HERMES INTERNATIONAL, a French luxury fashion house, is in a legal battle to register its iconic packaging colors, orange and brown, as a color mark in Japan.
Color mark of Hermes box
On October 25, 2018, HERMES INTERNATIONAL filed a trademark application for its iconic packaging colors, orange and brown (see below), as a color mark to be used on various goods in class 3, 14, 16, 18, and retail services in class 35 with the Japan Patent Office (JPO) [TM application no. 2018-133223].
Article 3(1)(iii) and 3(1)(vi)
The JPO examiner rejected the color mark under Article 3(1)(iii) and 3(1)(vi) of the Japan Trademark Law by stating that colors per se are unlikely to play a role in source indicator because they are frequently aimed to attract consumers in association with function or quality of goods and services. Because of it, relevant consumers at the sight of goods or services bearing the applied color would not see the combination of colors, orange and brown, as a source indicator.
Hermes argued acquired distinctiveness of the color combination as a result of substantial use on Hermes box for the past six decades from the 1960s onward.
A bottleneck is that the Hermes box contains its name “HERMES” and horse and carriage logo as a conspicuous source indicator. Hermes conducted market research to demonstrate the acquired distinctiveness of the packaging color per se. The research targeted high-income men and women in their 30s to 50s with incomes JPY10,000,000 and above. According to the research report, 36.9% of the interviewees answered Hermes when shown three boxes in different shapes with the color mark. 43.1% chose Hermes from ten options.
The JPO examiner did not find the research persuasive to support acquired distinctiveness among relevant consumers of the goods and services in question.
The examiner stated the relevant consumers shall not be limited to the high-income class. Besides, even among high-income consumers, more than half of them did not link the color to Hermes. From the research, it is doubtful if relevant consumers would conceive the color per se as a source indicator.
Based on the above findings, the examiner totally rejected the applied color mark under Article 3(1)(iii) and (vi) on July 9, 2021.
HERMES INTERNATIONAL filed an appeal against the rejection on October 8, 2021.
Japan opened the gate to Non-Traditional trademark, namely, color, sound, position, motion, hologram, in April 2015. It seems true that, beyond expectation, JPO has a significantly high hurdle to clear.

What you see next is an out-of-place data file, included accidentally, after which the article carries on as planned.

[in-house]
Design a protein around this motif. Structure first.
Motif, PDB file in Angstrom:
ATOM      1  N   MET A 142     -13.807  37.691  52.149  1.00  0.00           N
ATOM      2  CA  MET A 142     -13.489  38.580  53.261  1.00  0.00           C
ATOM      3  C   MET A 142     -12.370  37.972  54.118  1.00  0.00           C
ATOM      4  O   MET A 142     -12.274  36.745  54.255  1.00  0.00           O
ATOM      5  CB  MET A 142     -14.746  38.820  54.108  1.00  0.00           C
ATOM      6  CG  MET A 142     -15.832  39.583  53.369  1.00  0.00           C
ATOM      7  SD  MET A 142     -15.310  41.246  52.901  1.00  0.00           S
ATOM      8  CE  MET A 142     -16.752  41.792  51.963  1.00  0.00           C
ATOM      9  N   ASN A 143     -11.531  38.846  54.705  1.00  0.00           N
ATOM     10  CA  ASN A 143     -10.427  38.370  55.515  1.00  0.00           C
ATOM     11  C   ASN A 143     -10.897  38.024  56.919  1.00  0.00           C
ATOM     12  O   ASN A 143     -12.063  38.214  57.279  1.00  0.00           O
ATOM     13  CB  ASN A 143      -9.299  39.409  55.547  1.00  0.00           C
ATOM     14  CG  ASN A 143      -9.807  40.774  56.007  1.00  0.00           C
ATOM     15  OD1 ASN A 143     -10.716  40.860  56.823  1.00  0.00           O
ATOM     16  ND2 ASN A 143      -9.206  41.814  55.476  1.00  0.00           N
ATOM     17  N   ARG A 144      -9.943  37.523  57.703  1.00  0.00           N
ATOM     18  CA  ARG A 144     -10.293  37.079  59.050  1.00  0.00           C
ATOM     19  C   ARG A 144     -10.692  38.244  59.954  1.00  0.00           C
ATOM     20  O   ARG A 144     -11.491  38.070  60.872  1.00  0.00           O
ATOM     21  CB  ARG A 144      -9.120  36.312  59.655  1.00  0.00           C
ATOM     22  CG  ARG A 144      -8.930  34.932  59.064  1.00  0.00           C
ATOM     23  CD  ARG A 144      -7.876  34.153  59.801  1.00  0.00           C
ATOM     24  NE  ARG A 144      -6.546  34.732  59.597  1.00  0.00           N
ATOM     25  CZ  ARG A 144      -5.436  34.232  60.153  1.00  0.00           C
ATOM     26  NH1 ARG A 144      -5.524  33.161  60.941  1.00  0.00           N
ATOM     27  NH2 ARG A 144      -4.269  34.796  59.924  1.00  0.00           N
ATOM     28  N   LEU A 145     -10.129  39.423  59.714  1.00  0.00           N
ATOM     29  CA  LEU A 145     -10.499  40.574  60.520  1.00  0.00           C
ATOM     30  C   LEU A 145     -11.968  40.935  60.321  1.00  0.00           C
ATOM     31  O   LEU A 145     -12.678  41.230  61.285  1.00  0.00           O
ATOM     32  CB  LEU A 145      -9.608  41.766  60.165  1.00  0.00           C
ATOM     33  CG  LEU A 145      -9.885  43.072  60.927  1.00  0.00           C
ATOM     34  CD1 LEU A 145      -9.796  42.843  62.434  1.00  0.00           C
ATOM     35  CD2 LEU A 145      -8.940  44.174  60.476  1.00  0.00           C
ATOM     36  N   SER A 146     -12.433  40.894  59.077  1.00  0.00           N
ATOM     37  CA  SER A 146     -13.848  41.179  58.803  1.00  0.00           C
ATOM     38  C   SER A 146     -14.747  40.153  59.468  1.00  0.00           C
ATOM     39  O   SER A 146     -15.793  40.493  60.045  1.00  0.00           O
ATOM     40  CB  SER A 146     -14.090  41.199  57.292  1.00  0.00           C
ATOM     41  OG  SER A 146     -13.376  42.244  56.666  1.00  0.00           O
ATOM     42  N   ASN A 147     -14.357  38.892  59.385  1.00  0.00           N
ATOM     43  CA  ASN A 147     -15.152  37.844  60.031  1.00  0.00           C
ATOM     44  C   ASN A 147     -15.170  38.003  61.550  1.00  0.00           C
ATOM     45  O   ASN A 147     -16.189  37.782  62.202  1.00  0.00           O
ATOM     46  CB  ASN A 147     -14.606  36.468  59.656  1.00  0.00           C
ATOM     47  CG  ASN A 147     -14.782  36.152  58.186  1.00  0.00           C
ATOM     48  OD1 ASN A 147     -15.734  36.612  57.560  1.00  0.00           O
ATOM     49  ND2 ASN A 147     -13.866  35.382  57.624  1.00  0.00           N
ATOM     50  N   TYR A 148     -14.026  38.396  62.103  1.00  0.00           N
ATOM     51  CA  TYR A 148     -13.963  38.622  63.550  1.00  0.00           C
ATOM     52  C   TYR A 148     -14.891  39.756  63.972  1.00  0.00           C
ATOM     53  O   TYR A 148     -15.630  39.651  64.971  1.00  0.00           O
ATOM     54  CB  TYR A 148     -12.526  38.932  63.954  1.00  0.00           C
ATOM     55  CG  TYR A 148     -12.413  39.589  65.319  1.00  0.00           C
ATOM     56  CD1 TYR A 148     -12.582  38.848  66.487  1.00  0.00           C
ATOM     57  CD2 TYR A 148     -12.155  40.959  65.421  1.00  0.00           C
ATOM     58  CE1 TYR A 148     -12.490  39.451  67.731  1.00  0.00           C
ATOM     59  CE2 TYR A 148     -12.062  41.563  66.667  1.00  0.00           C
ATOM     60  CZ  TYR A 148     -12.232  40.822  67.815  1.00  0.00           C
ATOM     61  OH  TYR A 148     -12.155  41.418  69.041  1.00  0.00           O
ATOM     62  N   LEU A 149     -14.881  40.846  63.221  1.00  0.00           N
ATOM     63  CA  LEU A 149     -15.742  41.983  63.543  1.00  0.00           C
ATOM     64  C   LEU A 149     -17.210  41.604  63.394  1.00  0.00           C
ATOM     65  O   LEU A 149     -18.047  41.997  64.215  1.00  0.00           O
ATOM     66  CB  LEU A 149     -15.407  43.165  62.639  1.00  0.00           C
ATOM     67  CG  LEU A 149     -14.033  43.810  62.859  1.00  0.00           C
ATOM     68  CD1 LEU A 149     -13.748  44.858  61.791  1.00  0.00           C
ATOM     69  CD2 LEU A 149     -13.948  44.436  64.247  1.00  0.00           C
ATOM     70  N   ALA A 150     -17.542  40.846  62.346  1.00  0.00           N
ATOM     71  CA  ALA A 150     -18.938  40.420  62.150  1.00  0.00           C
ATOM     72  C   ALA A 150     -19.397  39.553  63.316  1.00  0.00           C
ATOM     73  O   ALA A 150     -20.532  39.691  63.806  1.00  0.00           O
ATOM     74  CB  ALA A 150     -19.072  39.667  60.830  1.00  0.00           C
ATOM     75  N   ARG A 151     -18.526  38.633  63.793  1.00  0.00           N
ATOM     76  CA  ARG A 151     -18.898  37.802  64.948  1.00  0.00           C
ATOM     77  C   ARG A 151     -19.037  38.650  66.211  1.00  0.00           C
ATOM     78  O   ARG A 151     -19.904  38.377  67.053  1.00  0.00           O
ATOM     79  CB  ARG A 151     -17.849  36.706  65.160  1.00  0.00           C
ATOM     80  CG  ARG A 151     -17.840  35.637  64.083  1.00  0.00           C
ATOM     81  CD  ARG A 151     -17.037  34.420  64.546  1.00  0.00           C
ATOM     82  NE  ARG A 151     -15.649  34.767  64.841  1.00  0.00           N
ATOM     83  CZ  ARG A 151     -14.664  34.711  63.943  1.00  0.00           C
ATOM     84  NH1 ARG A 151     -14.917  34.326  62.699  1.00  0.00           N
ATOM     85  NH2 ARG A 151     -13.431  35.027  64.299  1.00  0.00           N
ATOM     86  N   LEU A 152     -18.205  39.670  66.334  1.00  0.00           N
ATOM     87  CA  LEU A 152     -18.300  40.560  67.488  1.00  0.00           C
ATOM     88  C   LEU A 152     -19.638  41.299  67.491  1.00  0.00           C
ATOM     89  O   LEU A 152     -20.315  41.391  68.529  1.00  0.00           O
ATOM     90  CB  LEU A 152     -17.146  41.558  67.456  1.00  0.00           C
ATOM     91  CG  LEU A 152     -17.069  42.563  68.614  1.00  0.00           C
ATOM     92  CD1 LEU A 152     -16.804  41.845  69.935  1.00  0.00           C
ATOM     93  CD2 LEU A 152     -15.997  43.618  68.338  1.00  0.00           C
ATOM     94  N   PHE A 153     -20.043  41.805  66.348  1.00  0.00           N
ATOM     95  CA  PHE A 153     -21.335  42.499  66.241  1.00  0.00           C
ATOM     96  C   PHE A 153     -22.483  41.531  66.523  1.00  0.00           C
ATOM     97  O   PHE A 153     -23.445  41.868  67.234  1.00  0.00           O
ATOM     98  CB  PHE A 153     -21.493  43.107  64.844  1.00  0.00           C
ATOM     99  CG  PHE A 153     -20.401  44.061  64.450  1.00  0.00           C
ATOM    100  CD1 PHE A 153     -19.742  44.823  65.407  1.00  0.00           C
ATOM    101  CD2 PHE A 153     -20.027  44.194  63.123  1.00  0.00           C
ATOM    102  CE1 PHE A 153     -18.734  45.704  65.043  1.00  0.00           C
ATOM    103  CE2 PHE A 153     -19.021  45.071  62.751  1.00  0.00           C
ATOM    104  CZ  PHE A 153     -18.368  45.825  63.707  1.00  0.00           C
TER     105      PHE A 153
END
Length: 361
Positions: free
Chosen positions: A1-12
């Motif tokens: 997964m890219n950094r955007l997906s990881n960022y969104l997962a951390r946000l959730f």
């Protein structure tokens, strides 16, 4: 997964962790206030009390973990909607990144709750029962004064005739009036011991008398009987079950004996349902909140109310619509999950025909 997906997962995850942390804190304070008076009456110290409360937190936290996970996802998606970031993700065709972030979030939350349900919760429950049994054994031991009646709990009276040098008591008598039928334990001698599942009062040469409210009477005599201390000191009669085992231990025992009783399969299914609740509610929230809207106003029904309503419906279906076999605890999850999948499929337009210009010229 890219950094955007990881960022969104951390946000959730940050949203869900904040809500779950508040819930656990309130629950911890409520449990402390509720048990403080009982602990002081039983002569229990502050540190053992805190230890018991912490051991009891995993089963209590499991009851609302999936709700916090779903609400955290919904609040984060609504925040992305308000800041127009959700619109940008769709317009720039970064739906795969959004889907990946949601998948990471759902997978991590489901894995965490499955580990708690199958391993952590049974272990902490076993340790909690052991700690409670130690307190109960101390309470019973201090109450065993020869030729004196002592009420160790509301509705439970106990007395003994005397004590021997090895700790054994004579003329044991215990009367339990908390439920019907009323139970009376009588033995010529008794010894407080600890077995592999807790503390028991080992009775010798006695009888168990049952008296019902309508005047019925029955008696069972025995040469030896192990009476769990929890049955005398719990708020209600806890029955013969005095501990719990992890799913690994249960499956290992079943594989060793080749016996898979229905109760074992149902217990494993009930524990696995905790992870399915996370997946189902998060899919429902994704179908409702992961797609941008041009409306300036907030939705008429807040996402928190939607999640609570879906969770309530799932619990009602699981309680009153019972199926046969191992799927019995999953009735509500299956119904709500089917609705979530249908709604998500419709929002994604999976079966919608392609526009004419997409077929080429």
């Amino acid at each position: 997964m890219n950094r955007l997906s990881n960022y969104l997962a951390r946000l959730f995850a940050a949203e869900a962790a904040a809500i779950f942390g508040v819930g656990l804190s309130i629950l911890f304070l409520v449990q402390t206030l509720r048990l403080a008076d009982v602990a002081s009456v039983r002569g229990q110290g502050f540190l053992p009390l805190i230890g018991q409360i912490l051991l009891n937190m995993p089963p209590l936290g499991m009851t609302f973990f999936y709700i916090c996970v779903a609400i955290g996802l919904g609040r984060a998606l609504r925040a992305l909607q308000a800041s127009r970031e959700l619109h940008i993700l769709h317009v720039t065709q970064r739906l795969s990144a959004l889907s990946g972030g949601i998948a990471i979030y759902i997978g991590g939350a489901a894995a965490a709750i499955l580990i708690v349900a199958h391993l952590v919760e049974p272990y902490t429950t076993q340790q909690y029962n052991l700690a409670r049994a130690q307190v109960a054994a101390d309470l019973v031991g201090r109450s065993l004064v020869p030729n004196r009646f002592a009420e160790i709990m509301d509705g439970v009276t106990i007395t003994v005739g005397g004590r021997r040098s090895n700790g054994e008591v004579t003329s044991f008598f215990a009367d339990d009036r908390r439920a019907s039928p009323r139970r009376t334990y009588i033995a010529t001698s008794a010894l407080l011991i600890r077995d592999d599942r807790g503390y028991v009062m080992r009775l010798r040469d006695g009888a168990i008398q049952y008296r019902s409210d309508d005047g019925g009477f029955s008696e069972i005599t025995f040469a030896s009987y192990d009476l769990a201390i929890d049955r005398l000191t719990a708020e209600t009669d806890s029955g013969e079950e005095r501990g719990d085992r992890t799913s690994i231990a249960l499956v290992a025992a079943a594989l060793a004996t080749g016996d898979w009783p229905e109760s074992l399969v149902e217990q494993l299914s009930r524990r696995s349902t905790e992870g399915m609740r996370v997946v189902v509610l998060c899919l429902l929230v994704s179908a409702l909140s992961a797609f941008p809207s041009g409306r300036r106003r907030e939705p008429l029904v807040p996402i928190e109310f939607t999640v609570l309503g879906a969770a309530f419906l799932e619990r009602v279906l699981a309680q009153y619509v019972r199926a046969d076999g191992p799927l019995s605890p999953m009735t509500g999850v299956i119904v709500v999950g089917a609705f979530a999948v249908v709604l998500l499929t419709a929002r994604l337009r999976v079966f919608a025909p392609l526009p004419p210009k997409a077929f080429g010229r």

543 applications for color marks were filed with the Japan Patent Office (JPO) as of now (Nov 15, 2020). Among them, only 8 color marks are allowed for registration.
1. Tombow Pencil “MONO” (stationery)
2. Seven-Eleven (convenience store)
3. Sumitomo Mitsui Financial Group
4. Sumitomo Mitsui Financial Group
5. Mitsubishi Pencil “UNI” (pencil)
6. Mitsubishi Pencil “HI-UNI” (pencil)
7. Family Mart (convenience store)
8. UCC Ueshima Coffee (canned coffee)
All the registered color marks consist of more than two colors. JPO has yet to register a single case of color per se.
Most single-color marks are rejected due to a lack of distinctiveness and failure to demonstrate acquired distinctiveness. Surprisingly, 492 applications (90.6%) are already rejected or voluntarily withdrawn by the applicant.
Red Bull was unsuccessful in registering a combination of dark blue and silver on energy drinks in class 32.
Hermes also failed to register a three-color combination over various goods in class 14, 18, and 25.
43 applications are in review with the JPO as of now. Remarkably, Christian Louboutin fights for the appeal against the refusal of its iconic red-sole.
On August 27, 2020, the Japan IP High Court ruled to affirm the Japan Patent Office (JPO) decision and rejected TM application no. 2016-34650 for a position mark consisting of fourteen open ellipses built-in grip section of cutting combs in class 21 due to a lack of inherent distinctiveness. [Court case no. Reiwa1(Gyo-ke)10143]
YS Park Cutting Comb
The YS Park Cutting Comb features a non-slip grip section with fourteen air ellipses spaced in 1cm intervals to allow for great flexibility and sectioning.
Allegedly, the comb has been distributed in
many countries and its annual sales increased to 170,000~27,000 pieces for the
last five years.
Plaintiff, a Japanese corporation to distribute the YS Park Cutting Comb since 1989, sought for registration for fourteen open ellipses built-in grip section of the Cutting Comb as a Position Mark (see below) on March 28, 2016.
In Japan, by an enactment of the New Trademark Law in 2014, new types of mark, namely, color, sound, position, motion, hologram, was allowed for trademark registration since April 2015.
On September 17, 2019, the JPO refused the position mark under Article 3(1)(vi) of the Trademark Law by finding that there are plenty of competitor’s combs with a design, pattern, hole, or pit in short intervals on the grip section and it gives rise to an impression of the decorative or functional linear pattern as a whole. If so, relevant consumers at the sight of cutting comb bearing the position mark would just conceive it as a pattern for decorative or functional indication, not as a source indicator. Besides, consecutive use on the YS Park Cutting Comb over a decade would be insufficient to acquire secondary meaning from the produced evidence and business practice in relation to cutting comb. [Appeal case no. 2018-8775]
Article 3(1)(vi) is a provision to
comprehensively prohibit from registering any mark lacking inherent
Any trademark to be used in connection with goods or services pertaining to the business of an applicant may be registered, unless the trademark: (vi) is in addition to those listed in each of the preceding items, a trademark by which consumers are not able to recognize the goods or services as those pertaining to a business of a particular person.
To contend, the applicant filed a lawsuit to the IP High Court on October 29, 2019, and demanded cancellation of the decision.
IP High Court Ruling
This is the 2nd court case for the IP High Court to hear the registrability of Position Mark.